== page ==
european groups: new laws protect forests and biodiversity
In 2009, for example, Friends of the Earth Norway celebrated its 95th anniversary, as well as the adoption of Norway’s new Nature Diversity Act. Friends of the Earth Norway has been working to strengthen the Norwegian legal system since 1914, and contributed to the development of this new Act, which will help to secure Norway’s natural environment and protect its biodiversity.
Friends of the Earth Switzerland celebrated a similar success in April 2009, after strong lobbying and the collection of 160,000 citizens’ signatures in support of its campaign. The Swiss Parliament responded to calls from environmental organizations for a new law to protect rivers, which favors a closer-to-nature form of river management and the restoration of destroyed riverine habitats, and prevents the highly damaging practices of hydropower plants. Friends of the Earth Switzerland also celebrated an important anniversary: its 100th!
A decision to build a shopping centre in a green recreation zone in one of the biggest industrial cities in Ukraine, Dnipropetrovsk, was overturned after four years of campaigning, negotiating and demonstrating by Friends of the Earth Ukraine. The group worked closely with the local community, providing them with legal information that enabled them to defend their rights and freedoms. Local residents were thus able to reverse the local council’s decision, and save this rare urban green-space.
Plastic bags are also a major threat to wildlife. They take hundreds of years to decompose, and when they do they can release toxic particles into soils and water. They are also swallowed whole by marine animals such as turtles, which mistake them for jellyfish. The Spanish government promised to reduce the use of plastic bags by 50%, following a campaign by Friends of the Earth Spain, who worked with local businesses in Galicia, Sevilla, Mallorca and Eivissa to promote reusable cotton bags.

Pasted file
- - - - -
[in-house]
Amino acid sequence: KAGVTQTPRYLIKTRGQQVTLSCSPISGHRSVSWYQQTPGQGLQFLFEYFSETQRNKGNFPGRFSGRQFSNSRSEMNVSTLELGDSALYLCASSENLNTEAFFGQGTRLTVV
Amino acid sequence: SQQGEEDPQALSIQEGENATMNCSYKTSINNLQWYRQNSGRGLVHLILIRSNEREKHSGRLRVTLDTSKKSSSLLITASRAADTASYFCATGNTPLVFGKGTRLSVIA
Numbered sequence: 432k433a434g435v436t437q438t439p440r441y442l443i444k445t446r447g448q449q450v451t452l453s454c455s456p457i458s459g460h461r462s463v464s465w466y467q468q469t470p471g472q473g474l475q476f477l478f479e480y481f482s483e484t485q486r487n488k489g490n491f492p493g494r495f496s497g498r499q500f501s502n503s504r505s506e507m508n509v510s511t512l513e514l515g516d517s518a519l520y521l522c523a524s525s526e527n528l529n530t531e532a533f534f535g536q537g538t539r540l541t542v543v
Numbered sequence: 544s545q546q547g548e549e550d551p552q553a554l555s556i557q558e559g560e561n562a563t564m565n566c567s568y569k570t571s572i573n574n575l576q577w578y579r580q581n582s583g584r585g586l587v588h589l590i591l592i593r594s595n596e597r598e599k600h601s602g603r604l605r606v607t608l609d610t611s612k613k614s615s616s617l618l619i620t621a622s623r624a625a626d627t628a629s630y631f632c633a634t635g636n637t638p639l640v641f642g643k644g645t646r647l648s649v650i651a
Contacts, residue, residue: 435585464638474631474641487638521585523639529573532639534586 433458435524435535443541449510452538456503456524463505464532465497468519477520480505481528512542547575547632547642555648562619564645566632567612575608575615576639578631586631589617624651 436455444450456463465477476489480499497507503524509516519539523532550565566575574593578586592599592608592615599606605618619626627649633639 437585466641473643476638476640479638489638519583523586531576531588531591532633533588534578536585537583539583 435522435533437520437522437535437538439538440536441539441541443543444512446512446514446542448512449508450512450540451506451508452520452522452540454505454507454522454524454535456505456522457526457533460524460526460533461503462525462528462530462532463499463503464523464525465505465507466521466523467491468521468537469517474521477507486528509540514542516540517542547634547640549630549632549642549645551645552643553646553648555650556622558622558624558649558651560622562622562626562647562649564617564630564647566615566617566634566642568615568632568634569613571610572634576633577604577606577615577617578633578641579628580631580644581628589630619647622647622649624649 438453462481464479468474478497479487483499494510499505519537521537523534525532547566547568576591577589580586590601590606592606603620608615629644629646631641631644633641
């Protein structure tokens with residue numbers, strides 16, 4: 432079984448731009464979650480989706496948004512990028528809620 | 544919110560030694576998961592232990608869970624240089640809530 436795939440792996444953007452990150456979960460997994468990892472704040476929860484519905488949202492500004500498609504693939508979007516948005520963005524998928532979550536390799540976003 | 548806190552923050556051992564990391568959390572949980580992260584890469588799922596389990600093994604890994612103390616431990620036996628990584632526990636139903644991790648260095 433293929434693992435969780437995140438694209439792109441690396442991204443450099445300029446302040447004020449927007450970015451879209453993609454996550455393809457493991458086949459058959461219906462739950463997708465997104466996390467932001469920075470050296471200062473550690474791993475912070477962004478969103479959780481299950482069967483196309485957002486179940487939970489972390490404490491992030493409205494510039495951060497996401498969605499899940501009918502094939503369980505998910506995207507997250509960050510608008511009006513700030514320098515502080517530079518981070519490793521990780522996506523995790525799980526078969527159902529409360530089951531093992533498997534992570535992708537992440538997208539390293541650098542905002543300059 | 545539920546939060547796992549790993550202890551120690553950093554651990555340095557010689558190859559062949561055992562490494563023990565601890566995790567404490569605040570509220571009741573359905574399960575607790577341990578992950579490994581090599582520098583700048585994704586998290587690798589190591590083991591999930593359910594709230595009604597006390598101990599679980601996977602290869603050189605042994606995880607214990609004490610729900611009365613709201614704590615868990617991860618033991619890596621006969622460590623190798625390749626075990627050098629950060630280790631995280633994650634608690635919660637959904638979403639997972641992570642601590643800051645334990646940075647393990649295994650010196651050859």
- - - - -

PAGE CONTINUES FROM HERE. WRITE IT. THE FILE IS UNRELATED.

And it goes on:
In coalition with CEE Bankwatch Network, FoE Europe also launched a new map of 55 environmentally destructive and economically unsound infrastructure projects, worth a total of €23 billion, in the ten new member states of central and eastern Europe.
Much of Friends of the Earth Europe’s efforts around forests and biodiversity are focused on mining, oil and gas, since these sectors have such devastating impacts both on people and their environment in Europe and elsewhere. Damaging activities include, for example, drilling (on- and offshore), platforms and artificial islands in the Niger River Delta, the Amazon River, Congo's rainforests, the Caspian Sea and the North Sea, and the undersea pipeline from Sakhalin Island to an offshore terminal, which is endangering the world's last 100 or so Western Pacific Grey Whales. Thousands of hectares of Canadian boreal forest are also being cut down to make way for oil sands exploitation in Alberta.